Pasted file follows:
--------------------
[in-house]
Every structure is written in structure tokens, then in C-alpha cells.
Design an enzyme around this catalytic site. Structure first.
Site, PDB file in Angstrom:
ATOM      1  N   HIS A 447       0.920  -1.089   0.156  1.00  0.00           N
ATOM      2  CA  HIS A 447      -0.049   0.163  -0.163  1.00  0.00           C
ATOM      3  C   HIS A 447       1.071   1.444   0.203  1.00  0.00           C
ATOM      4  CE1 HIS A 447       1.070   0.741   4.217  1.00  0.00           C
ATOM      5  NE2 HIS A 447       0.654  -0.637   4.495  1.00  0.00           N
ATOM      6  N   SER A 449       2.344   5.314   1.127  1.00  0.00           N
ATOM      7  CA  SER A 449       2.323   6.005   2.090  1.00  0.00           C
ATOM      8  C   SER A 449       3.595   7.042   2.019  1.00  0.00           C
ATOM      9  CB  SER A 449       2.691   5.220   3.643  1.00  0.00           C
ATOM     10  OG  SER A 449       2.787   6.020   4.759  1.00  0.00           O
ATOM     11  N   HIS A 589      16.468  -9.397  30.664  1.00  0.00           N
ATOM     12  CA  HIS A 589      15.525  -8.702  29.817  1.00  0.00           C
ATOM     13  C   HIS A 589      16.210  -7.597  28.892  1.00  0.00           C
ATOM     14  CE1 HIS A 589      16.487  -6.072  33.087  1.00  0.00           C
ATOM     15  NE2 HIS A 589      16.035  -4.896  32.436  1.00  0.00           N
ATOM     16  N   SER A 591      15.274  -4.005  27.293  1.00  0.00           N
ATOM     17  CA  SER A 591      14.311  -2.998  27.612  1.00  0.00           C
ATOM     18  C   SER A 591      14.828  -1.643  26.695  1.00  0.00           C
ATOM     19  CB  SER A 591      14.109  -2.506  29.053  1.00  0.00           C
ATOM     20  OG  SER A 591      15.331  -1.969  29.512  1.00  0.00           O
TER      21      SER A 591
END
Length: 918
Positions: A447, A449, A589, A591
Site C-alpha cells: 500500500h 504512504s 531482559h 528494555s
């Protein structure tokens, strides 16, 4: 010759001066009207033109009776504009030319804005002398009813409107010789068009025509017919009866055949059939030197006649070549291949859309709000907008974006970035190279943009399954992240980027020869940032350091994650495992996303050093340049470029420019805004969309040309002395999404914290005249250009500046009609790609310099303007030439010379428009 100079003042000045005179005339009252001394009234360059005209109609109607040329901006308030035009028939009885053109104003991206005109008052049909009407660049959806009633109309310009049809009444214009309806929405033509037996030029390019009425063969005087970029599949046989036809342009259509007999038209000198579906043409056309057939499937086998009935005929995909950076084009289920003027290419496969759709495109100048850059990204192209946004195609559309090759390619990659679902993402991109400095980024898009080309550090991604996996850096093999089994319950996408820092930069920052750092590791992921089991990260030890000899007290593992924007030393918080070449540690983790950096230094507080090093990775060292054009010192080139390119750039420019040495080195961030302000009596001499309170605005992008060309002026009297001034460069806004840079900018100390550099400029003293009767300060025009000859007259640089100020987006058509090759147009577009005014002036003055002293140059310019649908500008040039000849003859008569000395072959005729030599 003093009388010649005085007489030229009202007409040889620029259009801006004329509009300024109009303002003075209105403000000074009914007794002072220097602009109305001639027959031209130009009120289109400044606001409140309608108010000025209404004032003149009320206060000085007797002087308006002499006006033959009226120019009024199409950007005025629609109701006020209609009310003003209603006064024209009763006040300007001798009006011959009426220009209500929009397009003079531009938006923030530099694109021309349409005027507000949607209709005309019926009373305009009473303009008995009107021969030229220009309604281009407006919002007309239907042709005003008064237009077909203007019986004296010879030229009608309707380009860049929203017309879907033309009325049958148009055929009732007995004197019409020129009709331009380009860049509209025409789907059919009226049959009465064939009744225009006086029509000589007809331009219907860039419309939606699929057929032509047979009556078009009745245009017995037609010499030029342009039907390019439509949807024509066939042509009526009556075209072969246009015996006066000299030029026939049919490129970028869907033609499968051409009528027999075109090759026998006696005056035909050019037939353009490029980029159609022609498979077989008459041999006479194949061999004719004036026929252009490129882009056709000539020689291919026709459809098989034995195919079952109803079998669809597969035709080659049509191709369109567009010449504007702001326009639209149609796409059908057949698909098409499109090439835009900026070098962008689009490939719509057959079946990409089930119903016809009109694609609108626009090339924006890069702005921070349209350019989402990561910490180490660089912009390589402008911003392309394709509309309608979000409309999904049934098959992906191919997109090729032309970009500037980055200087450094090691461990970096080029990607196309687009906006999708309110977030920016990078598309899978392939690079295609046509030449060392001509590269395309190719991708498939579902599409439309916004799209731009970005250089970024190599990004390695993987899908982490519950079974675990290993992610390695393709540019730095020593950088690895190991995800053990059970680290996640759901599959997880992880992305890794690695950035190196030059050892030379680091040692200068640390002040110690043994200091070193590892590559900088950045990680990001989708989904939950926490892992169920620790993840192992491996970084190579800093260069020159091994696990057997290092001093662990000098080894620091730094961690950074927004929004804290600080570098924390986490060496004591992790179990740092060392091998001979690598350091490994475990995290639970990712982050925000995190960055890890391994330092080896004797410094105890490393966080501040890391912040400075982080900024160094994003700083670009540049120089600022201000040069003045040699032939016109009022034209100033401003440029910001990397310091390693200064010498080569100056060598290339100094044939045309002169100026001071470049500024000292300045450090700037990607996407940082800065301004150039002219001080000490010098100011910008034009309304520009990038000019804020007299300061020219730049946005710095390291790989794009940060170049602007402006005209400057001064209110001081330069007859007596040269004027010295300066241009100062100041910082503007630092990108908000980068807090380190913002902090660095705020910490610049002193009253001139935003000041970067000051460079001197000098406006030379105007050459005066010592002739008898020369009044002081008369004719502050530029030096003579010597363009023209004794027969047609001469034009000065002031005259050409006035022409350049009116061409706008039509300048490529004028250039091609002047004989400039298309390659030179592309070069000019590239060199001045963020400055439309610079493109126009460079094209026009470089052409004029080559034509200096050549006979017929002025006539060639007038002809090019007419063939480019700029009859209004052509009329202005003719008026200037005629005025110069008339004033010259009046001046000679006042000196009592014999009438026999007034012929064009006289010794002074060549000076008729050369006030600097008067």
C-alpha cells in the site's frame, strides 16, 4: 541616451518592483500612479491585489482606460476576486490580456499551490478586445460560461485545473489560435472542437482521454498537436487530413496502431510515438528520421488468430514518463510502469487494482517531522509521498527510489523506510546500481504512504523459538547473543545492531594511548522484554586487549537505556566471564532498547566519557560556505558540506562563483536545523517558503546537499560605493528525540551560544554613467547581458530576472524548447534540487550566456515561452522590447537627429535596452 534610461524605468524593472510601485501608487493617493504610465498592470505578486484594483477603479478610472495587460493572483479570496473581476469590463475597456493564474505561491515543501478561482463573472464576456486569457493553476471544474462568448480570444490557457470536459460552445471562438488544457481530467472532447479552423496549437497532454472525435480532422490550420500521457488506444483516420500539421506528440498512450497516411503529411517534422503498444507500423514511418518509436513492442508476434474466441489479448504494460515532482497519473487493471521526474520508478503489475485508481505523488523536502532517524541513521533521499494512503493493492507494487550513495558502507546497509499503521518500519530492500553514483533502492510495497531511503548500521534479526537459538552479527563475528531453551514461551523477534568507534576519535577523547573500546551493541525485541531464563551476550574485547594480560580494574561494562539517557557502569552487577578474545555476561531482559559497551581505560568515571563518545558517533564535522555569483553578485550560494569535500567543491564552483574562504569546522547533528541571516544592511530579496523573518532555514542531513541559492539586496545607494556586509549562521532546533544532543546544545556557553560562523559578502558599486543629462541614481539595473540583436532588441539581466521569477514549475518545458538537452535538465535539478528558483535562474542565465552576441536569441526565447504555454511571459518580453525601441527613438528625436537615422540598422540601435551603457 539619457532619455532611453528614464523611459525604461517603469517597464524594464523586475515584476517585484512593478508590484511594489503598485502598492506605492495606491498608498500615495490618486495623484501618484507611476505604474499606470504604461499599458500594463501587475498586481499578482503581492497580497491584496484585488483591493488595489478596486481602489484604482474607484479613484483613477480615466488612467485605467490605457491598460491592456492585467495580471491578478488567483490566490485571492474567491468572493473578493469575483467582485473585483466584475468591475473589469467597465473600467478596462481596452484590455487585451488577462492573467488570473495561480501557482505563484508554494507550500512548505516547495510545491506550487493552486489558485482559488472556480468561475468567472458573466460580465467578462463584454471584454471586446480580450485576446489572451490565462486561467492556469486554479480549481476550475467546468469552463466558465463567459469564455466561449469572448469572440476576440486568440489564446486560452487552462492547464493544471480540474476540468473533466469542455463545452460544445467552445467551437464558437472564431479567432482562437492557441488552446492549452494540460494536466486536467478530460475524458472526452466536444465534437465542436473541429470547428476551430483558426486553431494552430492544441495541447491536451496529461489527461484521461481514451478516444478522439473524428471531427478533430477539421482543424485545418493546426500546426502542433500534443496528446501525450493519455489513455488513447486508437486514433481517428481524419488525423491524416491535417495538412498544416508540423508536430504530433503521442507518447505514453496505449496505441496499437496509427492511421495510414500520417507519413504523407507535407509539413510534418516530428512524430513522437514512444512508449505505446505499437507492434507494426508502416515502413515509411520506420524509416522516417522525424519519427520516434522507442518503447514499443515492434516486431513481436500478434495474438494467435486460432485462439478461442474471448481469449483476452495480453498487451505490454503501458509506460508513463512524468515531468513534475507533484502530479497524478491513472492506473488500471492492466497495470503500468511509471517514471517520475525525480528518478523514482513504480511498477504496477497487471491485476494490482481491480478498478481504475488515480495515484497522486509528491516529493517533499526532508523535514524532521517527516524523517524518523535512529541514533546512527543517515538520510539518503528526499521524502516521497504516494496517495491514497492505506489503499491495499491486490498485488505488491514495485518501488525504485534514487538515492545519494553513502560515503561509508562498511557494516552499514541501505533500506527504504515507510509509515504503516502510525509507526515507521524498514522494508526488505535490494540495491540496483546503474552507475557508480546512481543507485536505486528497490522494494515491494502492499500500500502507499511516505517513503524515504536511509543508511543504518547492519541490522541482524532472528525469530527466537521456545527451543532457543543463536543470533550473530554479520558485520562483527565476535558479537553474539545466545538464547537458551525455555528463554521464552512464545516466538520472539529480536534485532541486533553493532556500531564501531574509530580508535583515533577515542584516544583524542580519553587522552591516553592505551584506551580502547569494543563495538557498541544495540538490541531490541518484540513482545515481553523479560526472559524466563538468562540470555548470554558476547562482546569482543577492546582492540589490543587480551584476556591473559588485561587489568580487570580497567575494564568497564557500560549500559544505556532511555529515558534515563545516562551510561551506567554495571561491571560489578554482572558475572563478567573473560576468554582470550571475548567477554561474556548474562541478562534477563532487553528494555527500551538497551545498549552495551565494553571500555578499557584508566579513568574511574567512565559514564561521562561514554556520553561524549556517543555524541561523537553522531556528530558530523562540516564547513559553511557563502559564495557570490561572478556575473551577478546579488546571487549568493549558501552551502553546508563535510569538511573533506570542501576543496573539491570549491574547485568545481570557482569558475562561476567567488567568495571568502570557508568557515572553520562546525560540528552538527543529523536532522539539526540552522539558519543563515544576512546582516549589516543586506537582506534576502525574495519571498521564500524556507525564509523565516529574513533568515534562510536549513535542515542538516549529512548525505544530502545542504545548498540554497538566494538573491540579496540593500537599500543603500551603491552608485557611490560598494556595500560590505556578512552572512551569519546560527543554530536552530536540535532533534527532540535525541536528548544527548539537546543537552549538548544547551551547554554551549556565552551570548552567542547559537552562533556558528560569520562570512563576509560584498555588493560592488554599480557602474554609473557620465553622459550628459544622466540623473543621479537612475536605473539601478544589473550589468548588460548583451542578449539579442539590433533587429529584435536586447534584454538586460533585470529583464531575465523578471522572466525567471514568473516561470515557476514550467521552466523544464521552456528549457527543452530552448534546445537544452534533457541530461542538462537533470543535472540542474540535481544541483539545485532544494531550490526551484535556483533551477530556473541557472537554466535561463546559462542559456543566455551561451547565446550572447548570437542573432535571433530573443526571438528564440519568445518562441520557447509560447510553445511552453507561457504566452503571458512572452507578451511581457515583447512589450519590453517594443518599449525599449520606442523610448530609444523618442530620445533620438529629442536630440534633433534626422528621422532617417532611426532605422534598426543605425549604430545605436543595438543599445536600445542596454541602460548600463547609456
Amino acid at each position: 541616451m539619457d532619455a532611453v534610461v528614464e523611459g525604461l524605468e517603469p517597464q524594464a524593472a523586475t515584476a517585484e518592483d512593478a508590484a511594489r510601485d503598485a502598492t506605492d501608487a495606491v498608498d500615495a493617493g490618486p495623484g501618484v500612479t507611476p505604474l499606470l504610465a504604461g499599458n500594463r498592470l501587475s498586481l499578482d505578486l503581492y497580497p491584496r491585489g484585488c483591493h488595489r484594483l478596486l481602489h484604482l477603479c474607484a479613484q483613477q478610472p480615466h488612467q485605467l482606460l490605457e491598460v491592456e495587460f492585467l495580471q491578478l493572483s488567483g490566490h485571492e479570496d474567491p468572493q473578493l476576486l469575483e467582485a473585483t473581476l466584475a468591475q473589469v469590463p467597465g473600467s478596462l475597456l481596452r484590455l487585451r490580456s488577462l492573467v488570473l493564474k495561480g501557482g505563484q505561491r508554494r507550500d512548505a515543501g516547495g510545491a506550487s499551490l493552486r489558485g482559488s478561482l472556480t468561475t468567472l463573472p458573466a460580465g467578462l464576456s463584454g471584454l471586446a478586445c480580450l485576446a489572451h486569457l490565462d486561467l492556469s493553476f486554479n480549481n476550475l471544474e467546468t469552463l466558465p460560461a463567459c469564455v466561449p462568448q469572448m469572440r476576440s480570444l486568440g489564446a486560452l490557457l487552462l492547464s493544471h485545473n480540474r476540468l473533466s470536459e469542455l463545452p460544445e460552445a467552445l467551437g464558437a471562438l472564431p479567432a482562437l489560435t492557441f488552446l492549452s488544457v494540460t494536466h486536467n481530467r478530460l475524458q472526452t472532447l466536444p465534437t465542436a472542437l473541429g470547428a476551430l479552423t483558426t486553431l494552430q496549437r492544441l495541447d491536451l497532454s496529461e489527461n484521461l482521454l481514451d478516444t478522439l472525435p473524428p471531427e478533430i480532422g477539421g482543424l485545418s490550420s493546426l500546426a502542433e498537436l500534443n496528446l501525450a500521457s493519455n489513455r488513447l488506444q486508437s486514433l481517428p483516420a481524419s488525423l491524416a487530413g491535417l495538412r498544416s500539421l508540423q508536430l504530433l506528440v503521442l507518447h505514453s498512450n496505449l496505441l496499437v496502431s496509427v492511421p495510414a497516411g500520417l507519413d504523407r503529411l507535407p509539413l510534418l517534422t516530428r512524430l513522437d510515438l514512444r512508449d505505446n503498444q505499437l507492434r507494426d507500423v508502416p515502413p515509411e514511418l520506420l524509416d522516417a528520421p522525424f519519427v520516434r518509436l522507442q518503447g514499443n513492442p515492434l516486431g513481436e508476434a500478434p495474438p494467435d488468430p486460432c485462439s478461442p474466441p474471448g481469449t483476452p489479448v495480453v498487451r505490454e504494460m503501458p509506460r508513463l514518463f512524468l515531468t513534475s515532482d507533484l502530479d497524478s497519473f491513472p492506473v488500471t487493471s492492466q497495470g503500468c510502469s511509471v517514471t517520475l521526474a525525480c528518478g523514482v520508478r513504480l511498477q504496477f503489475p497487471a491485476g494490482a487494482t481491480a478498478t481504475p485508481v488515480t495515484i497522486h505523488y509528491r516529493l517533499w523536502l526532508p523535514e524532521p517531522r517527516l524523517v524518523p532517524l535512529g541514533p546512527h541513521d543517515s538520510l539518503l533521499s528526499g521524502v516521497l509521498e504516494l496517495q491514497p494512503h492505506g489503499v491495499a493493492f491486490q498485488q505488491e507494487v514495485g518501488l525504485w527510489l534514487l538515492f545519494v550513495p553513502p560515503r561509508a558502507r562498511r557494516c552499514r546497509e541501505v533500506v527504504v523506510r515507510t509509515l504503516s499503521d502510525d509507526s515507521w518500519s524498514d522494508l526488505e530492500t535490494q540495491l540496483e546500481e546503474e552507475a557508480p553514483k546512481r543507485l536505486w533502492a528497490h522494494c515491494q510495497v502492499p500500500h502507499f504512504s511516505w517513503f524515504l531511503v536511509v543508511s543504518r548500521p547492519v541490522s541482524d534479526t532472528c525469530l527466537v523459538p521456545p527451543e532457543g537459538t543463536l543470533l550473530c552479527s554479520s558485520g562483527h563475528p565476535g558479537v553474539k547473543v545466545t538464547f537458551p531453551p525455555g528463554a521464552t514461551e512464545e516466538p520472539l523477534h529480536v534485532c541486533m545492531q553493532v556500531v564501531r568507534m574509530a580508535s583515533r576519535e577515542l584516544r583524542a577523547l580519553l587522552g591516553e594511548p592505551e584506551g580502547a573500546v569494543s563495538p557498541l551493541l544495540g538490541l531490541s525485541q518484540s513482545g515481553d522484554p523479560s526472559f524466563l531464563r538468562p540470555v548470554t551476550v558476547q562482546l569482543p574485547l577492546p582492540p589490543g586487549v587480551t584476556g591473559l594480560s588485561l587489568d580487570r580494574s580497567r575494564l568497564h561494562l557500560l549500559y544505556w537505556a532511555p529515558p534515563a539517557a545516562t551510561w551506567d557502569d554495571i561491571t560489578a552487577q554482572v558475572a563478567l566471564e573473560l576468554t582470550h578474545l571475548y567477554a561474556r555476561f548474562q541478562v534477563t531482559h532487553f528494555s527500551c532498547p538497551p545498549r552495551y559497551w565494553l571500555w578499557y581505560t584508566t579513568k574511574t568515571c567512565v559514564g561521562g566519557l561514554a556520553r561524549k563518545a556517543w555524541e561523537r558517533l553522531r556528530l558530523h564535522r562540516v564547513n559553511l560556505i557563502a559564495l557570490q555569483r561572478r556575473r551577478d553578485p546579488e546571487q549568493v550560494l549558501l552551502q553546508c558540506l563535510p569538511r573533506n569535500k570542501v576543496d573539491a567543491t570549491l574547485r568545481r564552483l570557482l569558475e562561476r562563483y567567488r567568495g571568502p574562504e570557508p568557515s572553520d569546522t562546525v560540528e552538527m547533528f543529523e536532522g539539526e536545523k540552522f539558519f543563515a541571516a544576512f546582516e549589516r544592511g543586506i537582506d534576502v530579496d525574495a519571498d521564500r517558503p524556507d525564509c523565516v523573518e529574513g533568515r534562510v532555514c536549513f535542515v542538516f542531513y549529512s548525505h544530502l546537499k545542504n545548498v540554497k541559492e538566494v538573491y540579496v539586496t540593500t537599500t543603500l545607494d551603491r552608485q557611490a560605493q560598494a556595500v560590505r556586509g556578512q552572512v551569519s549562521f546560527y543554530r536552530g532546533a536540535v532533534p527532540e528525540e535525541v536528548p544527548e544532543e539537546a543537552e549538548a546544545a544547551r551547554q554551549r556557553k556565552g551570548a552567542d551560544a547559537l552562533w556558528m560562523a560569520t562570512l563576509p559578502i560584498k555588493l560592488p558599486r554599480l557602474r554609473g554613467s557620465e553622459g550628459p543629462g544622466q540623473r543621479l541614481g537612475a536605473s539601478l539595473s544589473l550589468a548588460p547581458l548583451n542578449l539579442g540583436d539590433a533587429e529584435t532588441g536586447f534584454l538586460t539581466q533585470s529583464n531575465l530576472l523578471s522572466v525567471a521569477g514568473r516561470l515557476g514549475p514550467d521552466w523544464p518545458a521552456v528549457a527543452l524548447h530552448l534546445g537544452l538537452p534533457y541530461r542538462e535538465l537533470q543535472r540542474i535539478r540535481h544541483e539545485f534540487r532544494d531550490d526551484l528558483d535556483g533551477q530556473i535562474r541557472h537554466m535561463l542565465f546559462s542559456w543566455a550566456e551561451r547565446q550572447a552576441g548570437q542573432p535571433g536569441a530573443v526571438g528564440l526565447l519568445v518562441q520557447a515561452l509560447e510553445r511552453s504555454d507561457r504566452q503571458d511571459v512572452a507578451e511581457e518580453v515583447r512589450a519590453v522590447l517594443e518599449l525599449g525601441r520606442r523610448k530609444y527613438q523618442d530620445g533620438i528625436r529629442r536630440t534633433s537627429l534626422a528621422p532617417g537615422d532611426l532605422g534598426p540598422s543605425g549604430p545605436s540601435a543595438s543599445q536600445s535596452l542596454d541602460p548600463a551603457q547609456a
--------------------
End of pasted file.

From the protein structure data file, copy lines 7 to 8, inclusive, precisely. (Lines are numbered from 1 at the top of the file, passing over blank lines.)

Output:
ATOM      3  C   HIS A 447       1.071   1.444   0.203  1.00  0.00           C
ATOM      4  CE1 HIS A 447       1.070   0.741   4.217  1.00  0.00           C